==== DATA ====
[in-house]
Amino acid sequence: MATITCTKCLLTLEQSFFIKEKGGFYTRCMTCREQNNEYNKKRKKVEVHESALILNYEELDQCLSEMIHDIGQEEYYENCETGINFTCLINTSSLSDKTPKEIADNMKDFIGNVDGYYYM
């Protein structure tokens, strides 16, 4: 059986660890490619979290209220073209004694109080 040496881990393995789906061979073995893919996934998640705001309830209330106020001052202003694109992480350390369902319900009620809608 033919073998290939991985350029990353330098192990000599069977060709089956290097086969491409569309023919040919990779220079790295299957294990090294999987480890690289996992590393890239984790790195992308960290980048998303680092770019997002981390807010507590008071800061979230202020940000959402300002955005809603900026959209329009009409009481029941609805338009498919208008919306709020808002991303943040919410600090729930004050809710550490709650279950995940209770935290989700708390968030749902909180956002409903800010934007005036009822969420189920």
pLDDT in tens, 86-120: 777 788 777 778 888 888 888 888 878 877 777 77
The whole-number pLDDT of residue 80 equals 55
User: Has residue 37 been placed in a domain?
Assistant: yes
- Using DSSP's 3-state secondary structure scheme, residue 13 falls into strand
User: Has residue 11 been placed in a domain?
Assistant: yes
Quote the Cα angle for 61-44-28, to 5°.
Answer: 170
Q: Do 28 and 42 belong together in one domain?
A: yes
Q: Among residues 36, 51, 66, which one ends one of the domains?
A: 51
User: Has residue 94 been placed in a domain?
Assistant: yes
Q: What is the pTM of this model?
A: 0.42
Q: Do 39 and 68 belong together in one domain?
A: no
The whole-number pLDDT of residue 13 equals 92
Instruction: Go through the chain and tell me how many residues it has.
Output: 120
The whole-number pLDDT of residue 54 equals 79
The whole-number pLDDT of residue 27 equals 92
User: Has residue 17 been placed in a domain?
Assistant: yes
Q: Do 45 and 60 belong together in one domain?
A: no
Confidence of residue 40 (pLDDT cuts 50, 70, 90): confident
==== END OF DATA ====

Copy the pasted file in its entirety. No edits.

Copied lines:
[in-house]
Amino acid sequence: MATITCTKCLLTLEQSFFIKEKGGFYTRCMTCREQNNEYNKKRKKVEVHESALILNYEELDQCLSEMIHDIGQEEYYENCETGINFTCLINTSSLSDKTPKEIADNMKDFIGNVDGYYYM
């Protein structure tokens, strides 16, 4: 059986660890490619979290209220073209004694109080 040496881990393995789906061979073995893919996934998640705001309830209330106020001052202003694109992480350390369902319900009620809608 033919073998290939991985350029990353330098192990000599069977060709089956290097086969491409569309023919040919990779220079790295299957294990090294999987480890690289996992590393890239984790790195992308960290980048998303680092770019997002981390807010507590008071800061979230202020940000959402300002955005809603900026959209329009009409009481029941609805338009498919208008919306709020808002991303943040919410600090729930004050809710550490709650279950995940209770935290989700708390968030749902909180956002409903800010934007005036009822969420189920």
pLDDT in tens, 86-120: 777 788 777 778 888 888 888 888 878 877 777 77
The whole-number pLDDT of residue 80 equals 55
User: Has residue 37 been placed in a domain?
Assistant: yes
- Using DSSP's 3-state secondary structure scheme, residue 13 falls into strand
User: Has residue 11 been placed in a domain?
Assistant: yes
Quote the Cα angle for 61-44-28, to 5°.
Answer: 170
Q: Do 28 and 42 belong together in one domain?
A: yes
Q: Among residues 36, 51, 66, which one ends one of the domains?
A: 51
User: Has residue 94 been placed in a domain?
Assistant: yes
Q: What is the pTM of this model?
A: 0.42
Q: Do 39 and 68 belong together in one domain?
A: no
The whole-number pLDDT of residue 13 equals 92
Instruction: Go through the chain and tell me how many residues it has.
Output: 120
The whole-number pLDDT of residue 54 equals 79
The whole-number pLDDT of residue 27 equals 92
User: Has residue 17 been placed in a domain?
Assistant: yes
Q: Do 45 and 60 belong together in one domain?
A: no
Confidence of residue 40 (pLDDT cuts 50, 70, 90): confident